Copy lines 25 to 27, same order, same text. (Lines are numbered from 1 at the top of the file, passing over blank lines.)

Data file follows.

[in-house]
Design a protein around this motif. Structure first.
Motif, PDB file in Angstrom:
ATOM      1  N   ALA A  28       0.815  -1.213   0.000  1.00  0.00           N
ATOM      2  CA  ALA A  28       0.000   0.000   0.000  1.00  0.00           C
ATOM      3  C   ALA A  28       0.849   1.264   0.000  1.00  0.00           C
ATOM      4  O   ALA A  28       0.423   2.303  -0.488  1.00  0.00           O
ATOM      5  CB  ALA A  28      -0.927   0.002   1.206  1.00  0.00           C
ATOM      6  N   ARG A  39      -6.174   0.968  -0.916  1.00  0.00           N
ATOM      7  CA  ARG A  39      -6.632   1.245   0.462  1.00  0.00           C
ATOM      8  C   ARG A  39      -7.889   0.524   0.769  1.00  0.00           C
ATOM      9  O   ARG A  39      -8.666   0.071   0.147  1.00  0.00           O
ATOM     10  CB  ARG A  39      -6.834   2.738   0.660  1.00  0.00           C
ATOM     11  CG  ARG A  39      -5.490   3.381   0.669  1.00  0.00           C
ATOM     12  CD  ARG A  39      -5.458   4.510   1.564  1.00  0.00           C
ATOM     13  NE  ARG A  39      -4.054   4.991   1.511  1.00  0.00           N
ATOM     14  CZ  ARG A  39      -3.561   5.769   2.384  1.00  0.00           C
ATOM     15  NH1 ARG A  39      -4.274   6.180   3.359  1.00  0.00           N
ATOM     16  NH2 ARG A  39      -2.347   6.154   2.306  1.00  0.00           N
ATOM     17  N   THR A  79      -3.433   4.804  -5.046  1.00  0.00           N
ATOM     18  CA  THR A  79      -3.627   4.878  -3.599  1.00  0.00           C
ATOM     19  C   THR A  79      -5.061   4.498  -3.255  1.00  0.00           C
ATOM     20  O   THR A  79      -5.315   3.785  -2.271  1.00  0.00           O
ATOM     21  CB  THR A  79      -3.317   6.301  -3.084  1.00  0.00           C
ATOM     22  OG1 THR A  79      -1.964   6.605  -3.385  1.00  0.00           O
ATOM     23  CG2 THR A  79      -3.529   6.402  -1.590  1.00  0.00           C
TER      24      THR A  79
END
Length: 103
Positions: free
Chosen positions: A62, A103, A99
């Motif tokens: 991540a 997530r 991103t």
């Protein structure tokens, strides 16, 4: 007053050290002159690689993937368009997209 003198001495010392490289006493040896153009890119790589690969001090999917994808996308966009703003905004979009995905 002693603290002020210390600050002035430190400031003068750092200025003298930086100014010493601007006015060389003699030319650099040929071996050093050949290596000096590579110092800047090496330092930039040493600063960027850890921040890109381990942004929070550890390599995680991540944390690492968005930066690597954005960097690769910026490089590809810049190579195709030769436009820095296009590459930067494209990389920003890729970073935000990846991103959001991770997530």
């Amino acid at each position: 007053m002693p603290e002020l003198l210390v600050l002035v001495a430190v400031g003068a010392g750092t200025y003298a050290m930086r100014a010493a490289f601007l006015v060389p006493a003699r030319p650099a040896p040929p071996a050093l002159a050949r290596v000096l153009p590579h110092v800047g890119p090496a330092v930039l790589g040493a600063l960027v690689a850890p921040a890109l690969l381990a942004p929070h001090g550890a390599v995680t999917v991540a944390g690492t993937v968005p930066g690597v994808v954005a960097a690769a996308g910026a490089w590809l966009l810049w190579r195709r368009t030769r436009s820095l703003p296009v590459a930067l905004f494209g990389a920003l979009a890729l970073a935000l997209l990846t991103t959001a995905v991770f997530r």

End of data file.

ATOM     22  OG1 THR A  79      -1.964   6.605  -3.385  1.00  0.00           O
ATOM     23  CG2 THR A  79      -3.529   6.402  -1.590  1.00  0.00           C
TER      24      THR A  79